2010 Hermann J. Wiemer Dry Riesling

We’ve been working on a miniature wine cellar in the house for about two months now. Since we started building a more extensive wine collection, including a selection from favorite producers to keep around for a decade or two, we’ve been carefully picking out wines and keeping track of the temperature in our closet to ensure that it keeps our wines at the perfect temperature. It’s pretty ideal so far, and is in a dark place away from sunlight, unexpected heat, or the roving paws of curious kittens. And we’ve been judicious about keeping our collection sealed…so far. When a selection of the 2010 Wiemer vintage came over a few weeks ago, I wanted to save a few for a rainy Riesling day but was too tempted by the weather! Read more of this post


2010 Hermann J. Wiemer Gewürztraminer

Last October, my girlfriend and I took a trip to the Finger Lakes to tour some of the wineries and do some research for a project I’d been working on. We stopped at a few different wineries but mainly went to check out the selection at Hermann J. Wiemer. We enjoyed an amazing weekend and even got to help harvest and process their latest batch of Pinor Noir grapes. A rousing time was had by all and we left with a mixed case of what I believe to definitively be some of the Finger Lake’s best wines, in quality and value. The 2008 Wiemer Semi-Dry Riesling and 2007 Wiemer Gewürztraminer rivaled some of the nicer Mosel wines I’ve had and the price, $18, just could not be beat. Read more of this post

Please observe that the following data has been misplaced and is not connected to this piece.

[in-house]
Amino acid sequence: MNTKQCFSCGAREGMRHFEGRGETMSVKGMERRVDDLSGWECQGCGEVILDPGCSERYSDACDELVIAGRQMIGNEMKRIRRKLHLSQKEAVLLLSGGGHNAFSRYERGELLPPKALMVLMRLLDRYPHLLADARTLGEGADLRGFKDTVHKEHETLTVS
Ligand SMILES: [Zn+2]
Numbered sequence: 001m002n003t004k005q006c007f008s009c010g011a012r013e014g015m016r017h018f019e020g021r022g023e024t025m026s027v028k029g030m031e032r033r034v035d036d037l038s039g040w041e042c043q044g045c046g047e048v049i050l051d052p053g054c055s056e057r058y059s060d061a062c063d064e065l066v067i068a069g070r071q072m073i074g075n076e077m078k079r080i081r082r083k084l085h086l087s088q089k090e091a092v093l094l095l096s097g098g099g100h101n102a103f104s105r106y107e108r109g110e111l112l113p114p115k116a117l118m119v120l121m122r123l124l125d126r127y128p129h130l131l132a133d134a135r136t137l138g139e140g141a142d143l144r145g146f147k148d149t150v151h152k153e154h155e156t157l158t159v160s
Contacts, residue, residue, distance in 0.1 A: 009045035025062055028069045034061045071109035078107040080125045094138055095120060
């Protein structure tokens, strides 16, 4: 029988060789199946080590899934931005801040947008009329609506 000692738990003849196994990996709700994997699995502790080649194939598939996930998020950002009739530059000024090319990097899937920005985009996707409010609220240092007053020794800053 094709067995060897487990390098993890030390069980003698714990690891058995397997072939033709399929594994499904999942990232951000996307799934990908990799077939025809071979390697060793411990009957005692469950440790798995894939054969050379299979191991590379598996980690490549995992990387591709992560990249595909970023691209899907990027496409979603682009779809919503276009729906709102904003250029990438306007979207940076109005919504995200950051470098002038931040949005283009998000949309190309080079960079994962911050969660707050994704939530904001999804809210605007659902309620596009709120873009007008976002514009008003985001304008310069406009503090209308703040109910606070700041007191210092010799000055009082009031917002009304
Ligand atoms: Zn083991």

2012 Mohegan Sun WineFest

Casinos are no strangers to entertaining events: whether you’re scoping out the buffet lines and catching The Family Stone (missing Sly) in concert or making big cash on the slot machines, there’s always something to check out. My home state hosts two of the world’s most famous casinos, Foxwoods and Mohegan Sun. Having enjoyed some events and restaurants there in the past, I was quite pumped to visit Mohegan and serve as a press correspondent for their annual Sun WineFest. Read more of this post

2012 Boston Wine Expo

Today we made a trip out to Boston to check out the 2012 Boston Wine Expo. The BWE has brought wine distributors, writers, and consumers together for the last twenty two years in the center of the city to drink, learn, and enjoy plenty of fascinating selections and nibbles from across the globe! This year’s selection of events featured seminars with speakers like Mark Oldman and Wine Spectator director of education Gloria Maroti Frazee and live cooking demonstrations by some of Boston’s best chefs. Read more of this post

2010 Frisk Prickly Riesling